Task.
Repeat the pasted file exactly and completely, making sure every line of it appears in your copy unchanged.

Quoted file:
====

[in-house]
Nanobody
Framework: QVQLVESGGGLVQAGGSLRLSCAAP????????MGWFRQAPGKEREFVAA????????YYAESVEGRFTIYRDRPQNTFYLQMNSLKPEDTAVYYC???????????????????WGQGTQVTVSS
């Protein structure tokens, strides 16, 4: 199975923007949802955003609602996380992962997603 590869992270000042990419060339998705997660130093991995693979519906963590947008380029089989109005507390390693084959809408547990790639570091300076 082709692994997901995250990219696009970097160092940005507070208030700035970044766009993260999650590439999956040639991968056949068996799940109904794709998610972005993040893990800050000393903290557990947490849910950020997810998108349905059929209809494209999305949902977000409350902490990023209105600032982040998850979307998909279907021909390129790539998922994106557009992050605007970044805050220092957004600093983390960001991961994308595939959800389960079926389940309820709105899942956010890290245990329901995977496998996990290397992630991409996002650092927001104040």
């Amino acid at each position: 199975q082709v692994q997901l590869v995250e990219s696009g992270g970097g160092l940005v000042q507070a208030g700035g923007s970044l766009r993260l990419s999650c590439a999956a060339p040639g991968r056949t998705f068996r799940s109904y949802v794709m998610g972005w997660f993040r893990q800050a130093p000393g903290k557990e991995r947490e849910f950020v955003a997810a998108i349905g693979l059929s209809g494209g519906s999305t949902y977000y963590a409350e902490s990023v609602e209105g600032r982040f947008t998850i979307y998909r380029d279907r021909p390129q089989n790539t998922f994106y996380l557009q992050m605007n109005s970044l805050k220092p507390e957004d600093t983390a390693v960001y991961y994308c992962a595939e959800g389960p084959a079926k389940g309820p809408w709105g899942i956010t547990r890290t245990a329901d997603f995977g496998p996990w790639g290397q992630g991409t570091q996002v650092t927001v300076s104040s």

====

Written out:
[in-house]
Nanobody
Framework: QVQLVESGGGLVQAGGSLRLSCAAP????????MGWFRQAPGKEREFVAA????????YYAESVEGRFTIYRDRPQNTFYLQMNSLKPEDTAVYYC???????????????????WGQGTQVTVSS
């Protein structure tokens, strides 16, 4: 199975923007949802955003609602996380992962997603 590869992270000042990419060339998705997660130093991995693979519906963590947008380029089989109005507390390693084959809408547990790639570091300076 082709692994997901995250990219696009970097160092940005507070208030700035970044766009993260999650590439999956040639991968056949068996799940109904794709998610972005993040893990800050000393903290557990947490849910950020997810998108349905059929209809494209999305949902977000409350902490990023209105600032982040998850979307998909279907021909390129790539998922994106557009992050605007970044805050220092957004600093983390960001991961994308595939959800389960079926389940309820709105899942956010890290245990329901995977496998996990290397992630991409996002650092927001104040």
């Amino acid at each position: 199975q082709v692994q997901l590869v995250e990219s696009g992270g970097g160092l940005v000042q507070a208030g700035g923007s970044l766009r993260l990419s999650c590439a999956a060339p040639g991968r056949t998705f068996r799940s109904y949802v794709m998610g972005w997660f993040r893990q800050a130093p000393g903290k557990e991995r947490e849910f950020v955003a997810a998108i349905g693979l059929s209809g494209g519906s999305t949902y977000y963590a409350e902490s990023v609602e209105g600032r982040f947008t998850i979307y998909r380029d279907r021909p390129q089989n790539t998922f994106y996380l557009q992050m605007n109005s970044l805050k220092p507390e957004d600093t983390a390693v960001y991961y994308c992962a595939e959800g389960p084959a079926k389940g309820p809408w709105g899942i956010t547990r890290t245990a329901d997603f995977g496998p996990w790639g290397q992630g991409t570091q996002v650092t927001v300076s104040s």